Storytelling

Five Ways You Should Never End Your Story

The Birds: Sorry, by "ending" I thought you meant you wanted a "middle."

A lot of storytellers struggle to find the perfect ending. If you’re one of them, rest assured that even if the world ends, you can satisfy your audience. Just don’t use any of the endings listed here.

Spoiler warnings: Revolutionary Girl Utena (movie), Knowing, A.I. Artificial Intelligence, Cube, Soon I Will Be Invincible

1. Lab Explosion Creates Literal yet Metaphorical Paradigm Shift

Utena turns into a car. It's metaphorical, it means... ? Revolutionary Girl Utena: She turns into a car. It’s metaphorical, it means… ???

Sometimes the audience watches the ending unfold – but has no idea what is going on. Or the audience thinks they know the storyteller’s intention, but it doesn’t make any sense. As a result, they never feel the story is resolved.

Avoid complex explanations at the end of your story. Everything should click into place with the revelation of a few, simple facts. To make sure it steers clear of confusion, get help from a beta reader. This person should be an outsider with no previous knowledge of your story or world.

2. Hero Sleeps In, Misses Final Battle

Knowing: Nicolas Cage knows when everyone is going to die, but it doesn't matter, because there isn't any way to prevent it. Luckily aliens came to save his kids, of their own accord. Knowing: Nicolas Cage knows when everyone is going to die, but it doesn’t matter — there isn’t any way to prevent it. Luckily, aliens come to save his kids of their own accord, because he’s pretty useless.

There are few things so unsatisfying as a main character watching helplessly as the ending unfolds. Your unremarkable NPC shouldn’t deal the final blow to the villain, and your protagonist shouldn’t just hold a powerful weapon that does all the smiting itself.

Whatever your ending is, your protagonists need to be instrumental in creating it. The audience needs to see them struggle with the problem, and then solve it themselves. If the apocalypse is avoided, it should be because of their actions. If it isn’t, it should be because of their mistakes. If your main characters perish, make it their choice. You can do this with an intentional sacrifice, or simply by presenting the option to turn back.

3. Swords Clash, Unknown Alien Race Appears and Hands Over Laser Gun

In AI, David seeks to reunite with his mother. He fails. Then two thousand years pass and robot/aliens visit to reunite them. A.I. Artificial Intelligence: David seeks to reunite with his mother. He fails. Then two thousand years pass and robot-aliens find him and reunite them.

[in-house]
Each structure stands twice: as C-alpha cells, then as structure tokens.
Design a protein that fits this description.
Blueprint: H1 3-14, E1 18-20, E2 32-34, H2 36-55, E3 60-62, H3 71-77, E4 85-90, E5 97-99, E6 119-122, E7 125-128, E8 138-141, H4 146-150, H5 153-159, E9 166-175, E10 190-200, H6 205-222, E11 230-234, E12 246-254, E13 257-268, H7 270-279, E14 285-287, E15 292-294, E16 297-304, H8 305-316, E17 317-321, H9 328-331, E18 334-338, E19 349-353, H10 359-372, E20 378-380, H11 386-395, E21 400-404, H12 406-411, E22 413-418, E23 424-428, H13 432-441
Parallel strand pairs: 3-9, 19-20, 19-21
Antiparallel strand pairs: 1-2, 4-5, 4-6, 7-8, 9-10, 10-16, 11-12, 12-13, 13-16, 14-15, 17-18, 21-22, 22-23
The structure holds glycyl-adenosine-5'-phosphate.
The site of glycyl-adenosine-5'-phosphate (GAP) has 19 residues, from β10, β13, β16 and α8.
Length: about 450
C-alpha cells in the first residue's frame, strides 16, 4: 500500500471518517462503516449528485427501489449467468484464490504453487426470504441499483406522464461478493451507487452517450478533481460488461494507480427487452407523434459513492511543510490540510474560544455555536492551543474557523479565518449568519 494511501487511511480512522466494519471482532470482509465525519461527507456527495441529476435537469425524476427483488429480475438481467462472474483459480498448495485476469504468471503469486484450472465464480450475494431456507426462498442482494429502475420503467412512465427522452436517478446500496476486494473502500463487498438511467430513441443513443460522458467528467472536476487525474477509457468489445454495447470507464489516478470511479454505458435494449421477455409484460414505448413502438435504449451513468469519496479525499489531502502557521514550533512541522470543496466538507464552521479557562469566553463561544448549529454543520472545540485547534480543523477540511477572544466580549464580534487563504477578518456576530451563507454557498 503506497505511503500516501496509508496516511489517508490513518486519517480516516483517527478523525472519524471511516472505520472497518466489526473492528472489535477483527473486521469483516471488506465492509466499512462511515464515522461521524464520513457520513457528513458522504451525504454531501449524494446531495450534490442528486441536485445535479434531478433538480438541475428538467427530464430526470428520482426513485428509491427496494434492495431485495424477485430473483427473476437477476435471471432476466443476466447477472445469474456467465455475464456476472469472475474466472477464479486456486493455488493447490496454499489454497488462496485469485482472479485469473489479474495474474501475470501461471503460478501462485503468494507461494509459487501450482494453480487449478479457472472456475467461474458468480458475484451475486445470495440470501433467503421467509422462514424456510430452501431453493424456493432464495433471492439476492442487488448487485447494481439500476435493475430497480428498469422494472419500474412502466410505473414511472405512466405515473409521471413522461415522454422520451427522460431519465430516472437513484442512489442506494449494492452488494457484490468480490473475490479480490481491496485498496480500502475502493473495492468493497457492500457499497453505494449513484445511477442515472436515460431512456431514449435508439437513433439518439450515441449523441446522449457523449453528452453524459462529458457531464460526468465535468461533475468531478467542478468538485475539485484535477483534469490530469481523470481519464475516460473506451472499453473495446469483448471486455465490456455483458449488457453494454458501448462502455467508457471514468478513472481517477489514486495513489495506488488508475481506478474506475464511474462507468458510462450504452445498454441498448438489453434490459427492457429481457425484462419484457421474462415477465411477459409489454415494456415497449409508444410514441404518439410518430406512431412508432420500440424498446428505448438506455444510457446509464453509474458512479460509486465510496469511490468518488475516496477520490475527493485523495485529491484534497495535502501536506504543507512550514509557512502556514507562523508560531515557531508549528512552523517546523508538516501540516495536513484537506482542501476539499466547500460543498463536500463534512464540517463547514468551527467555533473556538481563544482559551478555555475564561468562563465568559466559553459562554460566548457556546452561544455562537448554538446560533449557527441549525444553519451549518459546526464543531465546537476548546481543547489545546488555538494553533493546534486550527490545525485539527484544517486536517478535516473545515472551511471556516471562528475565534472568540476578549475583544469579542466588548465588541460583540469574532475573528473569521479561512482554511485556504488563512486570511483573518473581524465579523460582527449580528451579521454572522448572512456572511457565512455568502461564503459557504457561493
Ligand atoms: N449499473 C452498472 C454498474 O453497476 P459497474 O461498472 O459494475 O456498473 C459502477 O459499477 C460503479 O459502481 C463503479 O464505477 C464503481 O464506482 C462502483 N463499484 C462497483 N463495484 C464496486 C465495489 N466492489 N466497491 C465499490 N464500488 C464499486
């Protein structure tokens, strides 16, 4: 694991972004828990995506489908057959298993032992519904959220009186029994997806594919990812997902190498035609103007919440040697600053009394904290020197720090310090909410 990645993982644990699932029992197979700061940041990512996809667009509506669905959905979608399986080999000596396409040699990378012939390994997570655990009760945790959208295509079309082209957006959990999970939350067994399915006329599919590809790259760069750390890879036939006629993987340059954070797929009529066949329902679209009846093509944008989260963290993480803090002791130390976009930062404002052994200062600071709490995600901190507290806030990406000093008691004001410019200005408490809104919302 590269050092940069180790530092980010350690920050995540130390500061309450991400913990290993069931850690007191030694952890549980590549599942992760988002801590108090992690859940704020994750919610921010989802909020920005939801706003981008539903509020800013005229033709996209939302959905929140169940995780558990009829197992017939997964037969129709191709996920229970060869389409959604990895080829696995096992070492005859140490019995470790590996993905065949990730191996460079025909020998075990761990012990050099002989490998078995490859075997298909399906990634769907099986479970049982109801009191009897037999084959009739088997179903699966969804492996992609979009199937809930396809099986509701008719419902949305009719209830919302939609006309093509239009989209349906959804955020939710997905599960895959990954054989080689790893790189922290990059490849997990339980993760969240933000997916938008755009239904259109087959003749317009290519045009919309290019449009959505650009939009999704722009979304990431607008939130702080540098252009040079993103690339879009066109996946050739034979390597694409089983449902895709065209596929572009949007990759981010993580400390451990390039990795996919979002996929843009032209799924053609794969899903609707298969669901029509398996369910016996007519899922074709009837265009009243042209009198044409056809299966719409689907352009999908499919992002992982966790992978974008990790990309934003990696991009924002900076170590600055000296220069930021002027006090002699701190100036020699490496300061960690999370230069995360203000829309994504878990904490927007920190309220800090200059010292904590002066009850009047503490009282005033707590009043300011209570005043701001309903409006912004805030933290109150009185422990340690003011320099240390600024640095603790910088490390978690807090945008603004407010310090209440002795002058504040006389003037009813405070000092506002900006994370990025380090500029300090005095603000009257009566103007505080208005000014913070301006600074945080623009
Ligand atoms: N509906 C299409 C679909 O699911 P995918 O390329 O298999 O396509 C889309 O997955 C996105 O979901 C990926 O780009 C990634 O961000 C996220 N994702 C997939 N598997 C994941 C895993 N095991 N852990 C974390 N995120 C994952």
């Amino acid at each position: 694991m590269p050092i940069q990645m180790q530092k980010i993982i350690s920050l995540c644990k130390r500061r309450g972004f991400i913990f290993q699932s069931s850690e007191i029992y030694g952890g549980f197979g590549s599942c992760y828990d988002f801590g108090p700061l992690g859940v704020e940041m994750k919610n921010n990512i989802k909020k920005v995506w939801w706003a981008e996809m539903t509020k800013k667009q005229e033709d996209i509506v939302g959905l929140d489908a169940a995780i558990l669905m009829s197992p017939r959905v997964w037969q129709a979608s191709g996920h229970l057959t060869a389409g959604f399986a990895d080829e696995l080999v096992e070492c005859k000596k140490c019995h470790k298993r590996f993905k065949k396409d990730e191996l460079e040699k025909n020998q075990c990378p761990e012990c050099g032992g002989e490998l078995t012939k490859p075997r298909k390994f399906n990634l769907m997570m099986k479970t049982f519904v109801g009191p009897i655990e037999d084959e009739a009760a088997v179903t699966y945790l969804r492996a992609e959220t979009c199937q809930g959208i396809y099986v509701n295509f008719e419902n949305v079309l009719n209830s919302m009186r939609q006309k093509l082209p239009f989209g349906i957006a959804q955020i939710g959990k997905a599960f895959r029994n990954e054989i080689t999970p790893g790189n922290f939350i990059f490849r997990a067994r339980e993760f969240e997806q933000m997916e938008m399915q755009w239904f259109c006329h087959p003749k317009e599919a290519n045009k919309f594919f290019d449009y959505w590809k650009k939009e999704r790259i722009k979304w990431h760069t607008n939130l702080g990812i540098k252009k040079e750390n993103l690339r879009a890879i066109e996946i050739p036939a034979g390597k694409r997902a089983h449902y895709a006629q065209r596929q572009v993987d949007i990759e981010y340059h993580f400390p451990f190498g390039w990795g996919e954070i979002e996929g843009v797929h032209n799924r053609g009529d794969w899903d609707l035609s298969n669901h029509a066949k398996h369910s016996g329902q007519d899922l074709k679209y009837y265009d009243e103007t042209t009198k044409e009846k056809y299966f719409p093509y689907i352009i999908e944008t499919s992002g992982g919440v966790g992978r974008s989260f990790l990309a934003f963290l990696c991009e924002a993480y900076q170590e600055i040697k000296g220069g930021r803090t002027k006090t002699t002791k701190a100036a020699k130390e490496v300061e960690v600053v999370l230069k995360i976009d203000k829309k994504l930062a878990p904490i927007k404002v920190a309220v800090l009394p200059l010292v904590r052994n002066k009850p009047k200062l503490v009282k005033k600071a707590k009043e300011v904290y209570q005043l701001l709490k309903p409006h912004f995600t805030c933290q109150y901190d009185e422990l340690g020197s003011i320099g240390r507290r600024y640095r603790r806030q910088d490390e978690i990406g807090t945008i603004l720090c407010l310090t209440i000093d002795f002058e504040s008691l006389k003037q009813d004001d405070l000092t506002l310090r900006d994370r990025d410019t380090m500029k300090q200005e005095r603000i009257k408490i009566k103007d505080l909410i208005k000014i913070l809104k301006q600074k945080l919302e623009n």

While tough challenges are great for stories, occasionally writers create problems so big they can’t think of a legitimate way to solve them. That’s when Deus ex Machina steps in, making everything better with a hand wave. The protagonist is revealed to have an amazing skill or incredible technology, without any previous hint it existed. Other times, the story and the world it’s in take a strange turn into unknown territory right as the ending appears.

You have everything before the ending to establish your world, the bounds of the problem, and the capabilities of your characters. If your protagonist can’t do anything but bend a clothes hanger, and the big bad in your world is a malicious ghost, then there better be a way to defeat that ghost with a bent clothes hanger. The sooner you hint at that weakness, the better. Similarly, if the world isn’t what it seems, your audience should feel something’s off before you make your reveal.

4. Hero Says Final Words: “Promise You’ll…”, Credits Roll

People die, credits roll. What happens to the Cube? Why was it created in the first place? No idea. Cube: People die, credits roll. What happens to the Cube? Why was it created in the first place? No idea.

Your story doesn’t end with the death blow. It ends after you’ve shown your audience the consequences of that last strike. How does the world change? What happens to all the characters? If rocks fall and everyone dies prematurely, all the questions that were brought up during the story are left unanswered.

Every character that wanders off on a mysterious mission needs to appear for the resolution, even if just in spirit. Every book of symbols needs to be decoded, and the father of every child must be revealed. This isn’t necessary at the end of every session, TV season, or book, but it must happen before the overarching story is finished.

Cliff hangers aren’t endings, they are an intermission in the story. That is, unless the sequel never materializes. Then the heroes struggle for eternity, caught between life and death.

5. Hero Wakes Up, Can’t Remember Dream